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The Atom Unit 4 How do we know that Atoms Exist?

Our Essential Question:

All year we will be trying to answer a simple question: What is everything made out of? Right now, we can say that everything is composed of matter. True, but it doesn’t tell us much. We also have heard that matter is composed of individual atoms. But‌how do we know that is true? People have been asking themselves that question ever since Democritus popularized the idea 2400 years ago. We will be asking ourselves the same question this week: How do we know that atoms exist? To help answer this question we will take a look at how this question has been answered historically up to 1907, at which point most scientists believed the evidence was overwhelming. We will also work together on a project to find modern visual evidence - real pictures - of individual atoms.

Day 1:

Day 2:

Day 3:

Day 4:

Day 5:

Here is the tentative plan: Lesson: History of the atom presentation. Lab: Seeing the atom web-based project day 1 of 2 Homework: History of the atom worksheet Lesson: The atom Lab: Seeing the atom web-based project day 2 of 2. Homework: Lesson: Percent composition, average atomic mass, and isotopic abundance Lab: Rehearse Seeing the Atom presentations Homework Lesson: AtomTest Review Lab: Seeing the Atom Presentations Homework: Review for test Atom Test Introduction to Unit 5: Electrons.

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The Atom How do we know that Unit 4 the world is made out A historical approach. of atoms? 400 BC

1907

What would convince you? write it below

1 Unit 3 Dr. B.’s ChemAdventure

Matter

The atom: Early Ideas Symbol Inventor

Idea The atom

Democritus

400 BC

Aristotle

Earth, air, fire, and water

400 BC

toxicology Paracelsus

1500 AD

Their Evidence:

Unit 3 Dr. B.’s ChemAdventure

Nothing!

2

Matter

2


First Evidence for the atom Mg + S

24 g 32 g

Mass is conserved Lavoisier

MgS

56 g

Atoms combine in small whole numbers

Dalton

3 Unit 3 Dr. B.’s ChemAdventure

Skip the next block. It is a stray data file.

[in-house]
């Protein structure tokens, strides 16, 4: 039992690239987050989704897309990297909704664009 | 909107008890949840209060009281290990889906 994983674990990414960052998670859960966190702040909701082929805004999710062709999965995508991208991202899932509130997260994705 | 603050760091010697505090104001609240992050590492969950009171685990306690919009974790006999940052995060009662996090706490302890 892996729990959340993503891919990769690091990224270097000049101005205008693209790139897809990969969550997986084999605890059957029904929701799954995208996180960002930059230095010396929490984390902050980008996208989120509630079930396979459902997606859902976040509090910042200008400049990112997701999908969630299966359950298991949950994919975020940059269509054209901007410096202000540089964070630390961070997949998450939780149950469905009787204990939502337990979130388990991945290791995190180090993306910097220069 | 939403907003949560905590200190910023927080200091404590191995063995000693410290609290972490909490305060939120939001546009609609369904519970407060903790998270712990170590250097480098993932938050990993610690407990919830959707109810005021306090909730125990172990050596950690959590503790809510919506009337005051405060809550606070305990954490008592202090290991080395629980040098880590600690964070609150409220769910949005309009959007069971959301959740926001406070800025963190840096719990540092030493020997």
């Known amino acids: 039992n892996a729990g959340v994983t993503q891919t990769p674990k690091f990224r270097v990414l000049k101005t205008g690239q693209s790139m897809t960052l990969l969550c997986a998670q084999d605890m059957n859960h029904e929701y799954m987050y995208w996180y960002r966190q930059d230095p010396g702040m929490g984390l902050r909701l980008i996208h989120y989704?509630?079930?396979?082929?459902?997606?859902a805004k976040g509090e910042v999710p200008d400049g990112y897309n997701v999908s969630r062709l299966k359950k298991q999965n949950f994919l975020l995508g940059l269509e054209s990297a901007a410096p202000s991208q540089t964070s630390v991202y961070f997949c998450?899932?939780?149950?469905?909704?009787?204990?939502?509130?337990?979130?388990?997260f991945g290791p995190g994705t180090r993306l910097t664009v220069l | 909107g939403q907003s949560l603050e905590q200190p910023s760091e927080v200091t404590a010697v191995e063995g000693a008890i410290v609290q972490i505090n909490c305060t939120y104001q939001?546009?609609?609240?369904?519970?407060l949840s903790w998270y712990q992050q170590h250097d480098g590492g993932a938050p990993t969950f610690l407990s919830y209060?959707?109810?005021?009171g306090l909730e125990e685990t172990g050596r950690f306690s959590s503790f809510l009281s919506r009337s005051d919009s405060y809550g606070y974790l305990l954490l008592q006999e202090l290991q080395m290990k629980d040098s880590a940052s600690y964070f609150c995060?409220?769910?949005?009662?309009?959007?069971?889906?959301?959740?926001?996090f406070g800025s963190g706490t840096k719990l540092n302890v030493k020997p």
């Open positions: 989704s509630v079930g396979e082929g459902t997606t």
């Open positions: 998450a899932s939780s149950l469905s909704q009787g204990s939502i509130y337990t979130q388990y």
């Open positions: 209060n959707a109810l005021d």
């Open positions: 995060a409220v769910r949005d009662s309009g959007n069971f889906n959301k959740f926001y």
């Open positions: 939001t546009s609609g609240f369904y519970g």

Matter

• Mass percent ws

What is the atom made out of?

1. The Crooke’s Tube Mystery

4 Unit 3 Dr. B.’s ChemAdventure

Matter

3


Thomsons 1897 experiment: Are you convinced?

1. Bends “light”

2. Moves a propeller

3. 1000X smaller than a hydrogen atom • Proposes: The Electron • Thomson 5 Unit 3 Dr. B.’s ChemAdventure

Matter

Where are the electrons?

Rutherford’s 1907 Gold Foil Experiment Conclusion:

Most particles go right through the ultra-thin Gold foil.

Rutherford

nucleus

1. Electrons are outside the nucleus 2. The atom is mostly space But..No idea of electron organization 6

Unit 3 Dr. B.’s ChemAdventure

Matter

4


The atom. Evidence-based Ideas: Inventor Symbol Concept Mass is conserved

Lavoisier

Atoms combine in small whole numbers

Dalton

Electron

Thomson

Nucleus

Rutherford

7 Unit 3 Dr. B.’s ChemAdventure

Matter

d Rut her for

T ho mso n

Dal ton

isie r Lav o

lsus Par

ace

otle Aris t

Dem ocri tu

s

The atom: 400 BC-1907

• Brief video summary:1:00-1:57

Unit 3 Dr. B.’s ChemAdventure

8

Matter

5


Atomic Particles

• Video: 1:55-3:38

Particle

Charge

Mass #

Location

Electron

-1

0

cloud

Proton

+1

1

Nucleus

Neutron

0

1

Nucleus

Atomic Number = # of protons = Z “the blue number” 2He

Correct?

Yes

Unit 3 Dr. B.’s ChemAdventure

The atom song

Element

32S

# of protons = Z

Carbon

6

Phosphorus

15

Gold

79

No

9

Matter

Ions, Mass Number, and Isotopes

Protons Electrons

1 1

1 0

1

2

What is it?

H

H+ H-

+= cation -= anion

1. Ions: Different # of electrons.

3. Isotopes: Different

2.Mass Number

# of neutrons. Symbol

Protons + neutrons

p+

n0

e-

Oxygen - 18

8

10

8

Oxygen -

8

9

15

16

17

Phosphorus- 31 Unit 3 Dr. B.’s ChemAdventure

Mass # 18

8

17

15

31

18 8

O 17 8

31

O

P

10 15

Matter

6


Determination of average atomic mass

• Element X has 2 isotopes: • Isotope a 10 protons, 10 neutrons. • Abundance: 40%

• Isotope b has 10 protons 11 neutrons • Abundance: 60%

• What is the average atomic mass of Element X? • Solution: • (0.4)(20) + (0.6)(21) =

• 20.6 amu • a.a.m = sum of (abundance)(mass #) Unit 3 Dr. B.’s ChemAdventure

11

Matter

You try one: Element Guryanovium (Gu) • P N • 15 15 • 15 17

abundance Average Atomic Mass? 66% • 30.68 amu 34% How many neutrons is too many?:

The “Band of Stability” • In general •

n/p >1.5 = unstable = radioactive • All elements >82

Unit 3 Dr. B.’s ChemAdventure

Matter

Elements and isotopes video 3:40-7:40

12

Ions: 7:40-9:30

7


You try one: Element Guryanovium (Gu) • P N • 15 15 • 15 17

abundance Average Atomic Mass? 66% • 30.68 amu 34% How many neutrons is too many?:

The “Band of Stability” • In general •

n/p >1.5 = unstable = radioactive • All elements >82

Unit 3 Dr. B.’s ChemAdventure

Matter

Elements and isotopes video 3:40-7:40

12

Ions: 7:40-9:30

How do we know that atoms exist? Unit 3 Dr. B.’s ChemAdventure

Matter

d

Rut her for

mso n T ho

Dal ton

isie r Lav o

lsus P ar

ace

otle Aris t

Dem

ocri tu s

End Atoms. Next: Electrons 

13 video

8


Name__________________________________ Period________

lab4.1